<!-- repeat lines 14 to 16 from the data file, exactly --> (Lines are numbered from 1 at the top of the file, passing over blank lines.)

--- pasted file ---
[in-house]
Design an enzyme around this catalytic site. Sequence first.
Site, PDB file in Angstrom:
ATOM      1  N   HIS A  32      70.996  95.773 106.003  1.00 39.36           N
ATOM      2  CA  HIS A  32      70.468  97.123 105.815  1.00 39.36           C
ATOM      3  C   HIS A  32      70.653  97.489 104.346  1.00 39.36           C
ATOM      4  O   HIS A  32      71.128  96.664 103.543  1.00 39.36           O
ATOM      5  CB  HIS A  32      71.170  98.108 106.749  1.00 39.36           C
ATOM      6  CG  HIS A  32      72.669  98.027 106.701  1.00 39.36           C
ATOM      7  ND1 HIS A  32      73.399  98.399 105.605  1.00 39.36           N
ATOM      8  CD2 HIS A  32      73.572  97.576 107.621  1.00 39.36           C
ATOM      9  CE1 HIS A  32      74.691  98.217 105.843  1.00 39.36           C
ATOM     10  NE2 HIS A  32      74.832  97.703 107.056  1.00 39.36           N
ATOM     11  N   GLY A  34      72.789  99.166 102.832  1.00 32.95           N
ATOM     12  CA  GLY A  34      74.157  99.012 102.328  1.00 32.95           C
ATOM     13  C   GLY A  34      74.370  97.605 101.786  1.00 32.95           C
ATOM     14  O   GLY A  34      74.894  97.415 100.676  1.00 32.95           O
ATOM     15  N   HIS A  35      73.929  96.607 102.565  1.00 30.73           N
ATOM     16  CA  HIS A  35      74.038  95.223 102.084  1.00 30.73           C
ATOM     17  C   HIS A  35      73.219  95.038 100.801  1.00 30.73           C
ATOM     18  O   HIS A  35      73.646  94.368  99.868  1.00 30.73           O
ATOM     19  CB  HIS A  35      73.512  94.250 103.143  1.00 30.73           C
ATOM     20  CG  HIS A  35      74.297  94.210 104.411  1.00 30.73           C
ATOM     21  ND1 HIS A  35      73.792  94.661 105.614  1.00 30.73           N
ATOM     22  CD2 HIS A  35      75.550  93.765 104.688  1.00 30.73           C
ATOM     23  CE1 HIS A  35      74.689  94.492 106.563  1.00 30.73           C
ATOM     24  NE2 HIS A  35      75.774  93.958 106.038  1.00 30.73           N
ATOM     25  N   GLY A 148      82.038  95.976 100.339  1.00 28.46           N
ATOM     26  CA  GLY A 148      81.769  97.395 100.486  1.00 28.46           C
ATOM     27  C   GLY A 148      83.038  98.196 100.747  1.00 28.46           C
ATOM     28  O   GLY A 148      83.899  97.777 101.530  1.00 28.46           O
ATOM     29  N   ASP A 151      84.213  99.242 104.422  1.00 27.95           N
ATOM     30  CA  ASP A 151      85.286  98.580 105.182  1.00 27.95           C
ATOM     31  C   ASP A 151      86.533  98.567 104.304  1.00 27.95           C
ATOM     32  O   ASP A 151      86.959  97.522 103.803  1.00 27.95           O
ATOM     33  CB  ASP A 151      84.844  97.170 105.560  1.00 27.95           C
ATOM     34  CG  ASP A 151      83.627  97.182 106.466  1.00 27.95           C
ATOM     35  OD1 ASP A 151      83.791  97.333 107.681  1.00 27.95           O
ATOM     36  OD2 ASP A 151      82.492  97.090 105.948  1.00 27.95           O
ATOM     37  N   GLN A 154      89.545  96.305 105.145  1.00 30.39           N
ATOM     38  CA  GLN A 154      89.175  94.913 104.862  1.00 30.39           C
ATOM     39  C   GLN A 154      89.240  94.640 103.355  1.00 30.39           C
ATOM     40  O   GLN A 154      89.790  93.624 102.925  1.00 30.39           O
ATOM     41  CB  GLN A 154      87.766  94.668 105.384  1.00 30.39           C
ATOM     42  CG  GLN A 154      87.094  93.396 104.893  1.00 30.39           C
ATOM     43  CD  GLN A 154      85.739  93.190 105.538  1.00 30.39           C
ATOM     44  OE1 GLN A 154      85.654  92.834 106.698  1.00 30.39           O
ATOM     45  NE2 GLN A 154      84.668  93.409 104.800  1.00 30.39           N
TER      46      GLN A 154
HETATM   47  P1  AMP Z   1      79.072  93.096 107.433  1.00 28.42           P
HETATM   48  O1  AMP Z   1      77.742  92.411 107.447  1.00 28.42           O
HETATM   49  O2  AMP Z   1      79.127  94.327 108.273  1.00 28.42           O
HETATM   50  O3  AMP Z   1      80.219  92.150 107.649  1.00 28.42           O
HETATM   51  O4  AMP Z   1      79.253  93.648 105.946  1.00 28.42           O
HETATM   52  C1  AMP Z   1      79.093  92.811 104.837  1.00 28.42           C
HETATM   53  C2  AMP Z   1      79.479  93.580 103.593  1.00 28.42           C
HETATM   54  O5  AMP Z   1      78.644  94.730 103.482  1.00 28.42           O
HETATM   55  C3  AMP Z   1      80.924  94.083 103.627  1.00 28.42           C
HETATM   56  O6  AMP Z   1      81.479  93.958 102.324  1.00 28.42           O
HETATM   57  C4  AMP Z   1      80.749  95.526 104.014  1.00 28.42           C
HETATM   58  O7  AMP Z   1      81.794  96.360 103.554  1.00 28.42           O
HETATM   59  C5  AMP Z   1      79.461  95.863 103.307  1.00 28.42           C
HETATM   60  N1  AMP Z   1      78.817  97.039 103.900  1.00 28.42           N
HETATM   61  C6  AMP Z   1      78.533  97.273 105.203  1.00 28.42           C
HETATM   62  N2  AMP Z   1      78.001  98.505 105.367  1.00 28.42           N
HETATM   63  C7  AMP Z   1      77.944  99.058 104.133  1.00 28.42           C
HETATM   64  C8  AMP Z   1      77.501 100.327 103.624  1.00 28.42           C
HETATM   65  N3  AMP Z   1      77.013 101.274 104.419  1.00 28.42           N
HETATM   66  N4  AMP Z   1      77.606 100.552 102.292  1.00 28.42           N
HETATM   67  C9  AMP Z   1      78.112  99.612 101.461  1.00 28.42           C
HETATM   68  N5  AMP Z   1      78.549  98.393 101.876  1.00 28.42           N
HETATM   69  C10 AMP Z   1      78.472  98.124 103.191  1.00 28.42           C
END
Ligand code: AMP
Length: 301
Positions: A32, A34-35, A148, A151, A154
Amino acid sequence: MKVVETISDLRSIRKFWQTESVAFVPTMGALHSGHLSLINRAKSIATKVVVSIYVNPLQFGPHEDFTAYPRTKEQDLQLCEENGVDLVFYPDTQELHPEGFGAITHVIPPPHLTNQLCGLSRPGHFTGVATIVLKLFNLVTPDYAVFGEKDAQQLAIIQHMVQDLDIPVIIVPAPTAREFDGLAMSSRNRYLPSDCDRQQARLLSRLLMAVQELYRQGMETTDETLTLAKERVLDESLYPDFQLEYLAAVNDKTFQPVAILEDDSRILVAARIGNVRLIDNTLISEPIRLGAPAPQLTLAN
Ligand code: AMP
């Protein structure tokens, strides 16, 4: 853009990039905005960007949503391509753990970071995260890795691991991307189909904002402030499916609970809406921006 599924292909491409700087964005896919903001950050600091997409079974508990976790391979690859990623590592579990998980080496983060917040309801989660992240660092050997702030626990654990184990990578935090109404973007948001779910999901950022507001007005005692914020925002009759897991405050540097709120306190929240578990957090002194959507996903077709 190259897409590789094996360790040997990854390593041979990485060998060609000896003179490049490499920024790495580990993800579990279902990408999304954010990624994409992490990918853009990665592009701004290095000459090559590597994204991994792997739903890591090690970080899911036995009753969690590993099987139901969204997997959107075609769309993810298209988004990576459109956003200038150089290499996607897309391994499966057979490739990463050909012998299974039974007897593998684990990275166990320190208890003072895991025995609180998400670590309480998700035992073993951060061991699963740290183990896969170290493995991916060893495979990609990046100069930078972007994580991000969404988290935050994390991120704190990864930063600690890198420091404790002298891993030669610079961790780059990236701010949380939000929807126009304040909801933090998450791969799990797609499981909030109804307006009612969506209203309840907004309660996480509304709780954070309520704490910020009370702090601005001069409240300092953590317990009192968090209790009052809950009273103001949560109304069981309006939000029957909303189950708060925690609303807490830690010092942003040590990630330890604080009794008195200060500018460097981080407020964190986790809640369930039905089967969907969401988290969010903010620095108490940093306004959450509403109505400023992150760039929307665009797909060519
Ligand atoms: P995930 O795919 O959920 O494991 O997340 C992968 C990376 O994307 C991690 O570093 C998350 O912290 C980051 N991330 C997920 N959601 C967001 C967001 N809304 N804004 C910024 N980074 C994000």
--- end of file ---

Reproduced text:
ATOM     11  N   GLY A  34      72.789  99.166 102.832  1.00 32.95           N
ATOM     12  CA  GLY A  34      74.157  99.012 102.328  1.00 32.95           C
ATOM     13  C   GLY A  34      74.370  97.605 101.786  1.00 32.95           C